It's an improvement on "Two Towers" in the sense that the awkward comedy has been left behind. But when I watch this movie, I can't help but feel like the last 20-30 minutes are a perfunctory series of "Well, we've got to have this scene and this scene, etc." It gets from Point A to Point B and so on, but not in a manner I find particularly inspiring. Still, the trilogy was a monumental achievement.
They're classics, but I still sometimes find the first two films tonally inconsistent, repetitive, overlong and overstuffed with exposition. This one has grown on me in its own right. The overabundance of endings aside, the action is swift and succinct; Gondor's socio-political turmoil is one of the series' best subplots. It gives McKellen a lot to do. He really shines here as a wise, vigilant, pragmatic hero.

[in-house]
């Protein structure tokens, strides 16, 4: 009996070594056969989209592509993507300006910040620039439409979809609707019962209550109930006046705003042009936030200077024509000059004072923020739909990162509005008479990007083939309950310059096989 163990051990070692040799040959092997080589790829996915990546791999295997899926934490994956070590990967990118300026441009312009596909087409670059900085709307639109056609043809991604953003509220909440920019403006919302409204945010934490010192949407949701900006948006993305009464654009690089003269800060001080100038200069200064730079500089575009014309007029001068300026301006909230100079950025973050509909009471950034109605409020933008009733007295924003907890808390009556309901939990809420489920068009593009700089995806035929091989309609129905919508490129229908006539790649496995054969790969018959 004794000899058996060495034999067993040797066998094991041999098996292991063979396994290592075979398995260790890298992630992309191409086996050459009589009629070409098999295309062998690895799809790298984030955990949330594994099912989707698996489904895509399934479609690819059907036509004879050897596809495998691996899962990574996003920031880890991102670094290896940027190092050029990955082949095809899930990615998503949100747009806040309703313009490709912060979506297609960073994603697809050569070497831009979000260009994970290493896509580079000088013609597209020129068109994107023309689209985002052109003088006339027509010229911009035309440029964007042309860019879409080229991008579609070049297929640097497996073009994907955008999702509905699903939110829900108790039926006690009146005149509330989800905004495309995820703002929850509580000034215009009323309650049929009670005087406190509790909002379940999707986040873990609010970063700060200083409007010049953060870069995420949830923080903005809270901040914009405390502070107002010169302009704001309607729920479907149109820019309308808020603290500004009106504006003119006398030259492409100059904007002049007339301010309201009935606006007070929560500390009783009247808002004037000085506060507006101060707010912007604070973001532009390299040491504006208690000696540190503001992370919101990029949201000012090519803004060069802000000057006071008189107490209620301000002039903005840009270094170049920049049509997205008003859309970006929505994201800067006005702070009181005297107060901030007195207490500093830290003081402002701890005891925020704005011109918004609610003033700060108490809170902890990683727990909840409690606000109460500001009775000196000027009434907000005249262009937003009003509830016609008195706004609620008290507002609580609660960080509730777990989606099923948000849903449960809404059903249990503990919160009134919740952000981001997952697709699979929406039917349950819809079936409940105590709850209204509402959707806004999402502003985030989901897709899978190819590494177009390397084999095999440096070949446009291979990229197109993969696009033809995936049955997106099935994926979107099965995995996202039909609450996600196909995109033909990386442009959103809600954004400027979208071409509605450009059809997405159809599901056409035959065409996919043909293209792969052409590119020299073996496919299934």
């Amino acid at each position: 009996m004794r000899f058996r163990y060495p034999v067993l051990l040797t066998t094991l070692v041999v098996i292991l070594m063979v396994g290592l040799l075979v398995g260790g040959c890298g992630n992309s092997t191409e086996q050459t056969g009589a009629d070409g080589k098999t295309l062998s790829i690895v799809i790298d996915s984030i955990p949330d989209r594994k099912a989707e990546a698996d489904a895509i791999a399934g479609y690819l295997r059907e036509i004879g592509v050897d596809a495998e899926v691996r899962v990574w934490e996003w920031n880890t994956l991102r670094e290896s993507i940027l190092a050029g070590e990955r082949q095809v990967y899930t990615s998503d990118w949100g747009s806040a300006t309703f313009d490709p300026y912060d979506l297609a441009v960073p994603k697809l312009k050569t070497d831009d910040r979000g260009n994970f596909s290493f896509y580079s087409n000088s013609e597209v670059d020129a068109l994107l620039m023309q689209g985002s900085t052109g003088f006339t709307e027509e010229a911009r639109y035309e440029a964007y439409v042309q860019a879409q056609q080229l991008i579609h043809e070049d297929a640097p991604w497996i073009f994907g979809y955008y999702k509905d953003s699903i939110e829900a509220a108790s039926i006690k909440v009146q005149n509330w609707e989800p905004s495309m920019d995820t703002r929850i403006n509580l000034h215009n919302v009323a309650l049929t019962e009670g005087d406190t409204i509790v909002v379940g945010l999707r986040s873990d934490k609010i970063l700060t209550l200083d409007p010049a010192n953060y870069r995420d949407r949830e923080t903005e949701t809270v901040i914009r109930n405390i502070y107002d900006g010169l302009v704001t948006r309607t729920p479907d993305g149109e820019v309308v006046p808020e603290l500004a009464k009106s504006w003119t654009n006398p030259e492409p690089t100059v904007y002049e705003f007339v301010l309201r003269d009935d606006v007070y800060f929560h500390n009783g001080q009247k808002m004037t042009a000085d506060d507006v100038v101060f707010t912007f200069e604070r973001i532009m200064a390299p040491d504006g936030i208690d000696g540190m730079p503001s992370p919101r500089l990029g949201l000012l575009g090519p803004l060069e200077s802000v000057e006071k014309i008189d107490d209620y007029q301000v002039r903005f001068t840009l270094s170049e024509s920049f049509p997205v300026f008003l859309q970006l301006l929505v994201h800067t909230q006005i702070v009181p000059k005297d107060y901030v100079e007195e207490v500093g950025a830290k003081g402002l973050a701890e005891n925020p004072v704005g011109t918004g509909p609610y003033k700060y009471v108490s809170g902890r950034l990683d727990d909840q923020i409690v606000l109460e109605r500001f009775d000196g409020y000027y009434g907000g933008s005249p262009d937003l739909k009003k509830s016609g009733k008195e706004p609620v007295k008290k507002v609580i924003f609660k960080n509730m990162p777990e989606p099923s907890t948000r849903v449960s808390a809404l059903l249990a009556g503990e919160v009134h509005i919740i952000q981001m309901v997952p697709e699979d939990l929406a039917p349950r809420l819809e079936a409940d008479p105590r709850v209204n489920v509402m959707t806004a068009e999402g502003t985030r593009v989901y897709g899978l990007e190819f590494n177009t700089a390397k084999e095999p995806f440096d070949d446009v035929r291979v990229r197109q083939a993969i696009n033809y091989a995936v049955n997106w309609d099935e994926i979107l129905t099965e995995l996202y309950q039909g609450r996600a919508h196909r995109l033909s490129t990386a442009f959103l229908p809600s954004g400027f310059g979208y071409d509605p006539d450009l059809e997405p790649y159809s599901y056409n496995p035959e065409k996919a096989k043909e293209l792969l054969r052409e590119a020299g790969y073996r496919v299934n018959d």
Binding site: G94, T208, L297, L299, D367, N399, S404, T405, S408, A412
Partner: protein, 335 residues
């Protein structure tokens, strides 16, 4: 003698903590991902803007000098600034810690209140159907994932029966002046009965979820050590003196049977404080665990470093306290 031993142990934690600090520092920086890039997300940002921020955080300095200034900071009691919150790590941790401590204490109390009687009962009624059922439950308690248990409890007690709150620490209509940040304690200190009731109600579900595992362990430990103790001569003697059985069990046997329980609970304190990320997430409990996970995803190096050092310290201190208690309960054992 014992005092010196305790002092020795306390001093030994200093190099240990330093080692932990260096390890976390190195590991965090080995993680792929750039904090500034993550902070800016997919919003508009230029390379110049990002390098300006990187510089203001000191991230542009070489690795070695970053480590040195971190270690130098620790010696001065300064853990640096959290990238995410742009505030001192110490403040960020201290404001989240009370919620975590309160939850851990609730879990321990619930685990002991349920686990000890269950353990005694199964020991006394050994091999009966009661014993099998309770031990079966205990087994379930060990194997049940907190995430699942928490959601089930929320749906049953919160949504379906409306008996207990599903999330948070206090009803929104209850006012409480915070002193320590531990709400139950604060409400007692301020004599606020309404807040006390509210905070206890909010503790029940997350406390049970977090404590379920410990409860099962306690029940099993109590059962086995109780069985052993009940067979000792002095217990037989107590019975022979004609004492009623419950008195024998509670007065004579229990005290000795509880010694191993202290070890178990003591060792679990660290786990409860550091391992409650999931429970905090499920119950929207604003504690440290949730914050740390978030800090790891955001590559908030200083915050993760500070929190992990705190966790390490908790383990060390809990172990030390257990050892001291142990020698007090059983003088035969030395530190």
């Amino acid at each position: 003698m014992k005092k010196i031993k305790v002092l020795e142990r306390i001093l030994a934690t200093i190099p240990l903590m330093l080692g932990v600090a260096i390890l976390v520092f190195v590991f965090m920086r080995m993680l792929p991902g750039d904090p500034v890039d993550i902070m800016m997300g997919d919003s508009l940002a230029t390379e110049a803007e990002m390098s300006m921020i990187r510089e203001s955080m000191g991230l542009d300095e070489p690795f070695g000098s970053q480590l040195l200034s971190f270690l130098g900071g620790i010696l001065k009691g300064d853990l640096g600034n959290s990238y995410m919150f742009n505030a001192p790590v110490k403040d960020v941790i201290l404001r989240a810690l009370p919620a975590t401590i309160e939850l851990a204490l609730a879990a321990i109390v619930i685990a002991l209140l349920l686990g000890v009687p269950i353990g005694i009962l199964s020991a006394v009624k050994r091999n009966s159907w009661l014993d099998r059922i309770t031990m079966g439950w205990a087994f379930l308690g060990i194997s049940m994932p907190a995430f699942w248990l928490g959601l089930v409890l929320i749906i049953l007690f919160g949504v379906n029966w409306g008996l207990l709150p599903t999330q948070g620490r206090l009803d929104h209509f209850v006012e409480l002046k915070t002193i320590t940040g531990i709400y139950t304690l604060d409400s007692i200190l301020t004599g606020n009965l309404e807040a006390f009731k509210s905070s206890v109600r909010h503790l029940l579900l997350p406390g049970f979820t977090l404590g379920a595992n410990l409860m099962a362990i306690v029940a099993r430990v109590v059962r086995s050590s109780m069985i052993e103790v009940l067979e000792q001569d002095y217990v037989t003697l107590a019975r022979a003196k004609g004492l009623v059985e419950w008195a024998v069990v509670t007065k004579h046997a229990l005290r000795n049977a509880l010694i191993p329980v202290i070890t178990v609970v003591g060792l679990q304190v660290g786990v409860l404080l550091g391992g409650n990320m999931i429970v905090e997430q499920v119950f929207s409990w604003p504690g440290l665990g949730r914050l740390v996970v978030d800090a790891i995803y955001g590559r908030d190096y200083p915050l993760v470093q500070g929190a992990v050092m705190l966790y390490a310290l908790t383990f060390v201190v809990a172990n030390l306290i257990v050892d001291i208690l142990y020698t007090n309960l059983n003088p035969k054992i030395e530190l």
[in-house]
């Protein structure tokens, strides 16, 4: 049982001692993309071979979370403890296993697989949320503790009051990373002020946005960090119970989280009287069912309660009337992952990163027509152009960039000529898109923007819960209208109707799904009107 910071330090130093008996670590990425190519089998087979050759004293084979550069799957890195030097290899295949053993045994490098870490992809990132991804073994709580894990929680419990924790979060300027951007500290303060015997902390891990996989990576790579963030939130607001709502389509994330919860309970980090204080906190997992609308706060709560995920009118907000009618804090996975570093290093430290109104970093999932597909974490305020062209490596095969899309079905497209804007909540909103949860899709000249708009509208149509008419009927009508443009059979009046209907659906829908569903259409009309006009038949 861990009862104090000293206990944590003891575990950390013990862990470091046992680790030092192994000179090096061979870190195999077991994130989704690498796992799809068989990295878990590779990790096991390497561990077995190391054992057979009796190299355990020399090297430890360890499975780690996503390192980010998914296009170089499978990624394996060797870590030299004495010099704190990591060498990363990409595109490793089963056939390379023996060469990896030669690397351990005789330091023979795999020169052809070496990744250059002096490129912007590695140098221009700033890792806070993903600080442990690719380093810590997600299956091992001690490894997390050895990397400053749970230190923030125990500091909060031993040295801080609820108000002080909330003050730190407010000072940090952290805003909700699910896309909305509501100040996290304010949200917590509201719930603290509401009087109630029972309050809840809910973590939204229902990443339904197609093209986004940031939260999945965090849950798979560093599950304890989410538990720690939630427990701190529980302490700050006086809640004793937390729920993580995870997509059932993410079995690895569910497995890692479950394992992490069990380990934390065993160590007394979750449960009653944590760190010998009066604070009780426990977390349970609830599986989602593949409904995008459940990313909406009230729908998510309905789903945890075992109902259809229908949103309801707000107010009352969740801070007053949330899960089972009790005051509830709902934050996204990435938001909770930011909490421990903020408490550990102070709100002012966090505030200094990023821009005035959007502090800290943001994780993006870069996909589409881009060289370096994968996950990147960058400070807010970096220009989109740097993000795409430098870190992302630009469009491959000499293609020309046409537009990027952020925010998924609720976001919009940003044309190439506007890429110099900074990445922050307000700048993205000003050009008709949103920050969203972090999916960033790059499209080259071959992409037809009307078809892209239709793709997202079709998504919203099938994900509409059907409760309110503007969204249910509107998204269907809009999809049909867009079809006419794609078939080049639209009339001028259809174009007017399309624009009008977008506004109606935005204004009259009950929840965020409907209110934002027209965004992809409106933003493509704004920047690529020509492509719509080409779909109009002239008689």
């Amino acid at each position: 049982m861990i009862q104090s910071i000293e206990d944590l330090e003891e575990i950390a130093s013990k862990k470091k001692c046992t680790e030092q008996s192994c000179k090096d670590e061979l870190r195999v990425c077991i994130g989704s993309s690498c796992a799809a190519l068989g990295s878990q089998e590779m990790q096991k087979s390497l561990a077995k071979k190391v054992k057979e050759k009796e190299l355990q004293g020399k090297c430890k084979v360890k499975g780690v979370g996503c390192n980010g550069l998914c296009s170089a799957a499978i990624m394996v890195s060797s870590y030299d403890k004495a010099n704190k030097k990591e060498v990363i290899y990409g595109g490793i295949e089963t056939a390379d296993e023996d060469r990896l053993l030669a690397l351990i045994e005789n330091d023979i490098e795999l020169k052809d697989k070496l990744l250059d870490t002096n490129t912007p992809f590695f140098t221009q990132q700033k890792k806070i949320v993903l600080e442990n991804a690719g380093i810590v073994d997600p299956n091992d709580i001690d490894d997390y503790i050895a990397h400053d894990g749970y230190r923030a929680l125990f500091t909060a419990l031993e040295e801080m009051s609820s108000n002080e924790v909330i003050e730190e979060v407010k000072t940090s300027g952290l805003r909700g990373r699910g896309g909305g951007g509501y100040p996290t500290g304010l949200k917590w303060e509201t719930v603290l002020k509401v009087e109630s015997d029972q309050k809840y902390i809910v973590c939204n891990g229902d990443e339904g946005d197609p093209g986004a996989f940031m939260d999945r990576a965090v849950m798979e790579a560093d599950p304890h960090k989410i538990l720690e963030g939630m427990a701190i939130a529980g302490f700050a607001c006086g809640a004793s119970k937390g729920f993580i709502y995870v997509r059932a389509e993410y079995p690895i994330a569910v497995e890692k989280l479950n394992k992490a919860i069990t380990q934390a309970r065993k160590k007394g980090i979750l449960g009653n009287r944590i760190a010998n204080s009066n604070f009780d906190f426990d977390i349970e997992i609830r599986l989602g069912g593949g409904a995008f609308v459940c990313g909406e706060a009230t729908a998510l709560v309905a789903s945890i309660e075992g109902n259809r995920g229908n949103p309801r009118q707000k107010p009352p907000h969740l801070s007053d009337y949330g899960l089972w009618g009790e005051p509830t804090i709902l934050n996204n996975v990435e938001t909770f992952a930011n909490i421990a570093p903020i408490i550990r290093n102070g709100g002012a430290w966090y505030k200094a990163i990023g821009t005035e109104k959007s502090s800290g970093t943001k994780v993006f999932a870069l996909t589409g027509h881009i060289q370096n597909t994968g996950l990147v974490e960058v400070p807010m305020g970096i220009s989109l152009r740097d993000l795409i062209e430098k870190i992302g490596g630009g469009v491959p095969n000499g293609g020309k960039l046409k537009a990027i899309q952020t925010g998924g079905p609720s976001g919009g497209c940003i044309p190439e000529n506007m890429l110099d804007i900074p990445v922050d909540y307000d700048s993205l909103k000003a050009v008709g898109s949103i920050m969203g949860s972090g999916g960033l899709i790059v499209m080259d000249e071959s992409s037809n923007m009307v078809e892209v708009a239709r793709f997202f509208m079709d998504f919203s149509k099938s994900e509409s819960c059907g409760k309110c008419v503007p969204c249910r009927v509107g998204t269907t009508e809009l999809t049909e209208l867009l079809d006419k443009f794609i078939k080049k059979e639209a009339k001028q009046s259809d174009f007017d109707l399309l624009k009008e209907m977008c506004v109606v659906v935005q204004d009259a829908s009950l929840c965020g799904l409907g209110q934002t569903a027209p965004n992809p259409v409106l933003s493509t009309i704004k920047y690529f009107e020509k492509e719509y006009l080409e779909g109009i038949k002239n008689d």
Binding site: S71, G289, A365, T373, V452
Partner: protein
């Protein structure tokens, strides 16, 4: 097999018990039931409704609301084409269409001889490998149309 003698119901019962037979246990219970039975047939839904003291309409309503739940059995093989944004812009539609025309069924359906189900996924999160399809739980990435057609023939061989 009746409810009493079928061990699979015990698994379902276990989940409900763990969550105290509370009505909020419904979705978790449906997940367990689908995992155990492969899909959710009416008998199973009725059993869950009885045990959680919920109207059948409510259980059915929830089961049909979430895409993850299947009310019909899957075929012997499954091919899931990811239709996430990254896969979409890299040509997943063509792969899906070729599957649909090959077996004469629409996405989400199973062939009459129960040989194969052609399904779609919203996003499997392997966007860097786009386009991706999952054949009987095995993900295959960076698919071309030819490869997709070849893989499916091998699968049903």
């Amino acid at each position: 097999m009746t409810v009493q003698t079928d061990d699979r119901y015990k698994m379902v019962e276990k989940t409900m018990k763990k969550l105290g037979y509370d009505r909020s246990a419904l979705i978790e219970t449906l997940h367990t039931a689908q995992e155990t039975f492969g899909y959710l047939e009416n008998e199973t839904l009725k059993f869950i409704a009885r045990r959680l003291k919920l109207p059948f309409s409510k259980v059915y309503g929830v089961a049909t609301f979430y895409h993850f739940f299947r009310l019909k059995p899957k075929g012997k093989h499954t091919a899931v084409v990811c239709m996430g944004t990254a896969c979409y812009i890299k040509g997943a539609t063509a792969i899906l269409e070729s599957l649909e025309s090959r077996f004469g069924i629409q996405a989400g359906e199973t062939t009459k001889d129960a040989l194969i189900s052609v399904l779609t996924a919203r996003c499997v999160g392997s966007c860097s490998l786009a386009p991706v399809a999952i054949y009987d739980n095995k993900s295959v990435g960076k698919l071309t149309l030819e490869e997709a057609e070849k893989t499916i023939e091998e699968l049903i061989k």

Absolutely breathtakingly beautiful. Just a perfect movie for a perfect trilogy. Its the best of the three even though in my mind they are really one film and should be seen back to back. I couldn't ask for more in a film. Just incredible.
The weakest entry in the series but still an enjoyable conclusion thanks to its affection for the characters. Nearly all of the battling and military strategy bore me, but I somehow still find myself on board with the intimacy between Sam and Frodo, or even the talk of heroism with Merry and Pippin. It can feel totally silly in some sequences (especially those with dropped sound) but oddly effective in others.